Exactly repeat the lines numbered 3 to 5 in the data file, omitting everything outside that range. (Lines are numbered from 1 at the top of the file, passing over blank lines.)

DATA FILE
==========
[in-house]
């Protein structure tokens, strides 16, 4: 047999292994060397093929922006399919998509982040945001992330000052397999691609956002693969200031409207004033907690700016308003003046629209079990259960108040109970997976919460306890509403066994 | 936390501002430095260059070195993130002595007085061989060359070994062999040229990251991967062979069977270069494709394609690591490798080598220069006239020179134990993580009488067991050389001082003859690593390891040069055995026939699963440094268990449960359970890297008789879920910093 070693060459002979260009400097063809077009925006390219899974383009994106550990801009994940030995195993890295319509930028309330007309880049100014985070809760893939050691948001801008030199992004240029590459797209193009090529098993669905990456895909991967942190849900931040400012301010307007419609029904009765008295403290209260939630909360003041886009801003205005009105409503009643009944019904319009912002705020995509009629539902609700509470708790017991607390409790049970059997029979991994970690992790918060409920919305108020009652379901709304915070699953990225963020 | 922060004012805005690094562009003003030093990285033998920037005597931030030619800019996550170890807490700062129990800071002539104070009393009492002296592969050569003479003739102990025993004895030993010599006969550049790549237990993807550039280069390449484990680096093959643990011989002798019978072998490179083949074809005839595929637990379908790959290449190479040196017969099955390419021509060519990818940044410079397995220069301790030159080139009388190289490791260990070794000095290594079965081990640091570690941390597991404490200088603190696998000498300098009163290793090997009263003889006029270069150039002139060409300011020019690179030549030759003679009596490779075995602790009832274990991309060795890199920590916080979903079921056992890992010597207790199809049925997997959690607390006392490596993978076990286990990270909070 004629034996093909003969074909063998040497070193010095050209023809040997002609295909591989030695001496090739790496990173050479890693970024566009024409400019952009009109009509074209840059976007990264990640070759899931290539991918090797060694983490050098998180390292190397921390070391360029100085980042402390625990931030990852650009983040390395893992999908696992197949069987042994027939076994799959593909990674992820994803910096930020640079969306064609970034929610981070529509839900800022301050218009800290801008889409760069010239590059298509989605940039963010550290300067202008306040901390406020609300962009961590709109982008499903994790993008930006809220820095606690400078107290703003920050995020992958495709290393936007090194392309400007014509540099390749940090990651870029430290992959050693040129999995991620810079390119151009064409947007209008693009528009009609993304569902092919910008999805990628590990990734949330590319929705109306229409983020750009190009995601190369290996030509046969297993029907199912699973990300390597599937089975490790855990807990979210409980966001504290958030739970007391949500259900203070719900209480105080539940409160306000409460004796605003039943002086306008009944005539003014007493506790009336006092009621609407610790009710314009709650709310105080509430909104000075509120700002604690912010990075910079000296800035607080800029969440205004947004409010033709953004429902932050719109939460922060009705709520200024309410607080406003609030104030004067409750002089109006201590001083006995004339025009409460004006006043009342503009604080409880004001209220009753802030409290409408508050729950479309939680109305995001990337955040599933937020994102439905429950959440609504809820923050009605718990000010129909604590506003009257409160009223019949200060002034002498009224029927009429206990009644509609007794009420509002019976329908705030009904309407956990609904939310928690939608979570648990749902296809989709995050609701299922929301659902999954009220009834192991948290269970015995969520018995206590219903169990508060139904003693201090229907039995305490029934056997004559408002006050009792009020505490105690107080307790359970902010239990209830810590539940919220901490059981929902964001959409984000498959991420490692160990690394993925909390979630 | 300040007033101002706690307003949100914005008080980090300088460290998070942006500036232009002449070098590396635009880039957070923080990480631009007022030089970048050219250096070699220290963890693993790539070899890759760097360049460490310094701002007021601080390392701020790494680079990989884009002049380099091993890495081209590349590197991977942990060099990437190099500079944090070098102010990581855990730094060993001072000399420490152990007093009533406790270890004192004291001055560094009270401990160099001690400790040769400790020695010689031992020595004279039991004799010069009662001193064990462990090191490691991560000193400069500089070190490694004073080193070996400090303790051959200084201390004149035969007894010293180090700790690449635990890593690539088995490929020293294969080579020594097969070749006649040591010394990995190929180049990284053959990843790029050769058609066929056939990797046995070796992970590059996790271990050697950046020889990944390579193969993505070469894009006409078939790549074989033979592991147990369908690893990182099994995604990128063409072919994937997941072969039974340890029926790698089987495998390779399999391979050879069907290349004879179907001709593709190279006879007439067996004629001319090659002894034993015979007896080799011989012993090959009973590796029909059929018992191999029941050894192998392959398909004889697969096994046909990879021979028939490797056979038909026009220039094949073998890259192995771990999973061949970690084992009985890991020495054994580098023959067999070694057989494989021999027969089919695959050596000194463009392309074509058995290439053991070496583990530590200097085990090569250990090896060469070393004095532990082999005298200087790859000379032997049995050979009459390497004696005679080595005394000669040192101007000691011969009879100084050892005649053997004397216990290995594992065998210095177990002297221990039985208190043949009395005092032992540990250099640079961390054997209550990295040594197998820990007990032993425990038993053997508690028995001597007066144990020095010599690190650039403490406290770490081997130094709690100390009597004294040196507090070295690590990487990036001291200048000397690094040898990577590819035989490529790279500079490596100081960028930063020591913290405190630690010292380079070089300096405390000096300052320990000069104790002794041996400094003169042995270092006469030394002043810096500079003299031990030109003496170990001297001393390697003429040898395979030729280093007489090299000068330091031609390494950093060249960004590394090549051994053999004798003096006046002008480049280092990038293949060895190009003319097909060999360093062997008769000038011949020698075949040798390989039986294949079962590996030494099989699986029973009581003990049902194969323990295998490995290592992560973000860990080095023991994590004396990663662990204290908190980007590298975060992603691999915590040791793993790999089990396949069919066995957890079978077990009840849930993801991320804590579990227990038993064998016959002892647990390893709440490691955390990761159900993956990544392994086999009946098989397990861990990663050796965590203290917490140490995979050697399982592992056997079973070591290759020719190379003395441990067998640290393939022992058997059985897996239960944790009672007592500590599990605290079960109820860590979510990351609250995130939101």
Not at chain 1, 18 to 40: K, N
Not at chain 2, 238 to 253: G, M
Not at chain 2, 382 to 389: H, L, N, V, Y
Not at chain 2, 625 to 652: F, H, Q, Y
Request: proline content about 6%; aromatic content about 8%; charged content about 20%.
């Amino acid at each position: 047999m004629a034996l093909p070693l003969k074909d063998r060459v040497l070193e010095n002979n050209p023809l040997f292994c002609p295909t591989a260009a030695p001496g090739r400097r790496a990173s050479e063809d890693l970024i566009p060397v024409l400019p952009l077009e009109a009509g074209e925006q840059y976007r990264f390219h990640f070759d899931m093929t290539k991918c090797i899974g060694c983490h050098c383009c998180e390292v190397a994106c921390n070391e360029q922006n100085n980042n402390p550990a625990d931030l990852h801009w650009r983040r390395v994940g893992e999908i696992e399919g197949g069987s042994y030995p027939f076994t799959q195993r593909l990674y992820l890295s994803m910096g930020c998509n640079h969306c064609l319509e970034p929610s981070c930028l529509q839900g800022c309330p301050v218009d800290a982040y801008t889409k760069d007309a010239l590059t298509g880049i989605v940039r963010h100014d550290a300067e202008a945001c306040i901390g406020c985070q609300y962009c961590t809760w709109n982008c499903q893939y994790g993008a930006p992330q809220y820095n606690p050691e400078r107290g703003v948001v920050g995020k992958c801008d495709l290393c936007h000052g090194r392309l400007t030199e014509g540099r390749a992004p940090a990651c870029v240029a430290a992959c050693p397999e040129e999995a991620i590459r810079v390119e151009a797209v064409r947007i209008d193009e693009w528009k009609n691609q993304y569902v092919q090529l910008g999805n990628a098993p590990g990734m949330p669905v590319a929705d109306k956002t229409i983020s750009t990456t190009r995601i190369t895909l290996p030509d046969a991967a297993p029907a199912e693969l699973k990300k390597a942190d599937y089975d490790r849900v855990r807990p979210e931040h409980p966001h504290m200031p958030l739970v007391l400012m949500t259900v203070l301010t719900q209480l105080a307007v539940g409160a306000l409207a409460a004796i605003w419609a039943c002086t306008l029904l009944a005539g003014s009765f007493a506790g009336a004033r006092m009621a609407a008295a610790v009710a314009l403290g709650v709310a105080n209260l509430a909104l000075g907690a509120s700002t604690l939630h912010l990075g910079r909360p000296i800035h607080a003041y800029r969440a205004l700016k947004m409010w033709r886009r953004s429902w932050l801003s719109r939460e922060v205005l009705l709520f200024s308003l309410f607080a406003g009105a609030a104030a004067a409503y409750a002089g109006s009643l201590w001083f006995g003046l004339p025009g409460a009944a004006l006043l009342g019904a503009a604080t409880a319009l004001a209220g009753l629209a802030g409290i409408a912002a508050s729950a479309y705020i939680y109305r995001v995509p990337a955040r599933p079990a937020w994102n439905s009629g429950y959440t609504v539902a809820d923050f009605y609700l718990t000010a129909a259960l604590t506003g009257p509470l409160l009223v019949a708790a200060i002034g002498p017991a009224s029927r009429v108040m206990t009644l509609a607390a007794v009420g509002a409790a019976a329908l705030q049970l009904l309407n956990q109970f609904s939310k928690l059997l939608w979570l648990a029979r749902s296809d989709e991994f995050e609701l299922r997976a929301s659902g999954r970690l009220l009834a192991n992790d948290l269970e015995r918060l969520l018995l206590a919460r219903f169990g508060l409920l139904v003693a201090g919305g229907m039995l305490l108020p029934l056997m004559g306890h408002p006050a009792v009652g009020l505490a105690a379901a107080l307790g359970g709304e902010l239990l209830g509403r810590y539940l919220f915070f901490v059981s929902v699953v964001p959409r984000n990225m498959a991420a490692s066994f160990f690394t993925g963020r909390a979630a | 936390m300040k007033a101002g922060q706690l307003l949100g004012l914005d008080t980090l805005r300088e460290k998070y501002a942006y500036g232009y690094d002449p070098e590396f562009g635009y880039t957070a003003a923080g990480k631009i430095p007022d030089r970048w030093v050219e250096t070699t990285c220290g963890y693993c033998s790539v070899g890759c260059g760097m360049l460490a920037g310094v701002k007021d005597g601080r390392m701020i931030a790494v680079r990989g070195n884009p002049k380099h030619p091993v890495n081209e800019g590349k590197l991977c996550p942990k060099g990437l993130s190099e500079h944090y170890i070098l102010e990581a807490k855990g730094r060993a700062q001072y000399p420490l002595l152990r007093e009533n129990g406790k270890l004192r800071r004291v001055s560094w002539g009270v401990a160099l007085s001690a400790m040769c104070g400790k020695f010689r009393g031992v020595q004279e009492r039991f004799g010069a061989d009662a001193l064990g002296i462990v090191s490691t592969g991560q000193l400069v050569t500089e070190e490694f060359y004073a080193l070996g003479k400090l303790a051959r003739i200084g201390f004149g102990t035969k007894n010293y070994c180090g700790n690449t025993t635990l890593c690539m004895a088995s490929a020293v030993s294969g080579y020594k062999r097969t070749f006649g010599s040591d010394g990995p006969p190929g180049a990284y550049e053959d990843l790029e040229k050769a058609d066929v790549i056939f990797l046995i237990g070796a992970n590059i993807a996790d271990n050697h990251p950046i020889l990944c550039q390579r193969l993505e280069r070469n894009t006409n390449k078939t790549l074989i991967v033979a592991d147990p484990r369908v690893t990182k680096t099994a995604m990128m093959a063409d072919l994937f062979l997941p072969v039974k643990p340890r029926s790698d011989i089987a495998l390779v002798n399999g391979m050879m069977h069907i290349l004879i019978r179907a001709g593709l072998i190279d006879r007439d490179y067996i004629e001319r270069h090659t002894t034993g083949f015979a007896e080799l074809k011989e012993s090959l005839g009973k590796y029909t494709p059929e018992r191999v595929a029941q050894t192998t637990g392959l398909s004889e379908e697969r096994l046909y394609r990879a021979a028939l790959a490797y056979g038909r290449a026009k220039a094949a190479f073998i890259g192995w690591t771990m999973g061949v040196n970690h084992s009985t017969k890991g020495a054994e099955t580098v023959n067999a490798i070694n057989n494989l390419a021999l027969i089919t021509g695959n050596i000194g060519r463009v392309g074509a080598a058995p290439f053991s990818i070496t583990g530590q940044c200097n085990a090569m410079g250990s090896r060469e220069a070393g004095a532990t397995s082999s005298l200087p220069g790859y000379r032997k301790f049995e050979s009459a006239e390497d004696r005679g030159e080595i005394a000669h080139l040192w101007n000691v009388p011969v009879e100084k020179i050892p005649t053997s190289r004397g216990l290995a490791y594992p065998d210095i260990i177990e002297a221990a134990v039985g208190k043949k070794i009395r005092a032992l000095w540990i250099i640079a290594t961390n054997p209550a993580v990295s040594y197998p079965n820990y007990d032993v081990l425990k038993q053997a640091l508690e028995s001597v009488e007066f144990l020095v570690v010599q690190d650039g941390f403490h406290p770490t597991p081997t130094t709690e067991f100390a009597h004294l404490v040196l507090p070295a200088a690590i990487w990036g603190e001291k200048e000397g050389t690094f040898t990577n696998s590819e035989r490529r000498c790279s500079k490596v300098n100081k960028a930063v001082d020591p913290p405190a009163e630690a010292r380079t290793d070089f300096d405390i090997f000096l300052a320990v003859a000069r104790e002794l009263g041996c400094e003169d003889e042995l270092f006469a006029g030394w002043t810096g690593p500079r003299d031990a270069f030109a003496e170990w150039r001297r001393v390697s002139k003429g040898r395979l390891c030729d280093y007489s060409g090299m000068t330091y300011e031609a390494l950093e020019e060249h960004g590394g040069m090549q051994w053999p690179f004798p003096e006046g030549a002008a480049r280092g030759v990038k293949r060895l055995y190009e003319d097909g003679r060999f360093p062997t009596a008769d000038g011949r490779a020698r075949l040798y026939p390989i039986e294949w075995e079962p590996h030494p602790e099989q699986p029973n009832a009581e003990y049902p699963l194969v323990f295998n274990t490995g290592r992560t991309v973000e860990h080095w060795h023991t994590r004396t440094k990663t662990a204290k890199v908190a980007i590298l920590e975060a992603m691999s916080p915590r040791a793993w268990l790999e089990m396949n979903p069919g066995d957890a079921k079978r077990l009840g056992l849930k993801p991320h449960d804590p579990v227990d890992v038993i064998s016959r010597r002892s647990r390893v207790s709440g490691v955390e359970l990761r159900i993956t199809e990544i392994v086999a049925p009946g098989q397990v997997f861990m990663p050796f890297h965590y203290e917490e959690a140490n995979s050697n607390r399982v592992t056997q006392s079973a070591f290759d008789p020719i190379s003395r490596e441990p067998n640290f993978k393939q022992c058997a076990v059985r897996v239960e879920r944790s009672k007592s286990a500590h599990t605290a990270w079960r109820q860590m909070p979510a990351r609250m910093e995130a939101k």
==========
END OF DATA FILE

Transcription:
Not at chain 1, 18 to 40: K, N
Not at chain 2, 238 to 253: G, M
Not at chain 2, 382 to 389: H, L, N, V, Y